You Make Me Easter2
Sarah J. Sloat reminds us that even in our digital culture writing is about texture. Combining words, images, and erasure, her work exposures the landscape residing within every page. Sloat is a poetic detective that looks behind the whiteness. At her hand, the line of text moving across then down a screen becomes inhabited space where we are invited to linger. For Sloat, reclaiming the native, pre-Cambrian territory of literary art is its truest celebration. It is our pleasure to present the above pieces. In addition to Heavy Feather Review, she has appeared in The Offing, Sixth Finch, and Diagram.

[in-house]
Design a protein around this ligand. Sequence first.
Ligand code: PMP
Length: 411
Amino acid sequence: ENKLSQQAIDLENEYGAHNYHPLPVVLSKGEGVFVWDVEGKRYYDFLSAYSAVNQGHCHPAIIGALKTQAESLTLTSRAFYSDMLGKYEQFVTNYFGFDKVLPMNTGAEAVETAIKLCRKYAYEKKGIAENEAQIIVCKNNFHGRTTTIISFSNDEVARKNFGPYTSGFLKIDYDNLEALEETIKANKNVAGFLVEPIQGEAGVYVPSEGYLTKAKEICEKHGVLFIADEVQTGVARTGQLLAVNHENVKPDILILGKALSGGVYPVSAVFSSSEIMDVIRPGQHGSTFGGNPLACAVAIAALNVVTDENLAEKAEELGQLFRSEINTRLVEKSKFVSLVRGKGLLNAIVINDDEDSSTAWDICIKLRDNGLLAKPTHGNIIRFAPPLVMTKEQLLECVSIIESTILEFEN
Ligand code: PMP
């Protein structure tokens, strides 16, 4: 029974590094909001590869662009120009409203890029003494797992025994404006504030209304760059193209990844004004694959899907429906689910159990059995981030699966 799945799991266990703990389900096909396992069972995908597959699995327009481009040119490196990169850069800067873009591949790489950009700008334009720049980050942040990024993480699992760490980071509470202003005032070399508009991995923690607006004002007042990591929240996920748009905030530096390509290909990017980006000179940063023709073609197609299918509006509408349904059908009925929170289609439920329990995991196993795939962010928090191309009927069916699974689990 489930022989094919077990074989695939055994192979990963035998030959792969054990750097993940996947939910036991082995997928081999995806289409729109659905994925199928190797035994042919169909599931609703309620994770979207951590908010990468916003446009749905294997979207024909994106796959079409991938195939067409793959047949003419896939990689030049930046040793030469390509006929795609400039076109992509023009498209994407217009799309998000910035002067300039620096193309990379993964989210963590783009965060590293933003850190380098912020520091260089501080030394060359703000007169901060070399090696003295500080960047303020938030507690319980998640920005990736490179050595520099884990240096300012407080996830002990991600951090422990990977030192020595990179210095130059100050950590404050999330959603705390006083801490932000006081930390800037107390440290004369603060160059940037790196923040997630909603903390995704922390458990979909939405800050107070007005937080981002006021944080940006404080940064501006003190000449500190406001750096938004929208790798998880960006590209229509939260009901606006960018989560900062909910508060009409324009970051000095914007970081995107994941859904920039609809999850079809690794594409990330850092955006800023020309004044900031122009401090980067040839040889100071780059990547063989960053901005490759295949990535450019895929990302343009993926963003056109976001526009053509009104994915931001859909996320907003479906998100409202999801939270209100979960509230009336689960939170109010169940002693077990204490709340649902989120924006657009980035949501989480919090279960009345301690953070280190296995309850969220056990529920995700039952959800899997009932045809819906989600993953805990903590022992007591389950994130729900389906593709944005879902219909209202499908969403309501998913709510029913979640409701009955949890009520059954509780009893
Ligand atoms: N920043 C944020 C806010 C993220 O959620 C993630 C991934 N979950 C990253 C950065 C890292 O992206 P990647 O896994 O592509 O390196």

—ed. William Lessard
Sarah J. Sloat splits her time between Frankfurt and Barcelona, where she works in news. Her poems, prose, and collage have appeared in The Offing, Diagram, and Sixth Finch, among other journals. You can keep up with her at sarahjsloat.com.
1. “Eat Not:” Franklin, Benjamin, The Autobiography of Benjamin Franklin. Penguin Books, 1986.
2. “You Make Me Easter:” Welty, Eudora. “Moon Lake.” Thirteen Stories. Harcourt Brace & Co., 1965.
3. “My Frenzy:” Ford, Richard. Independence Day. Vintage Contemporaries, 1996.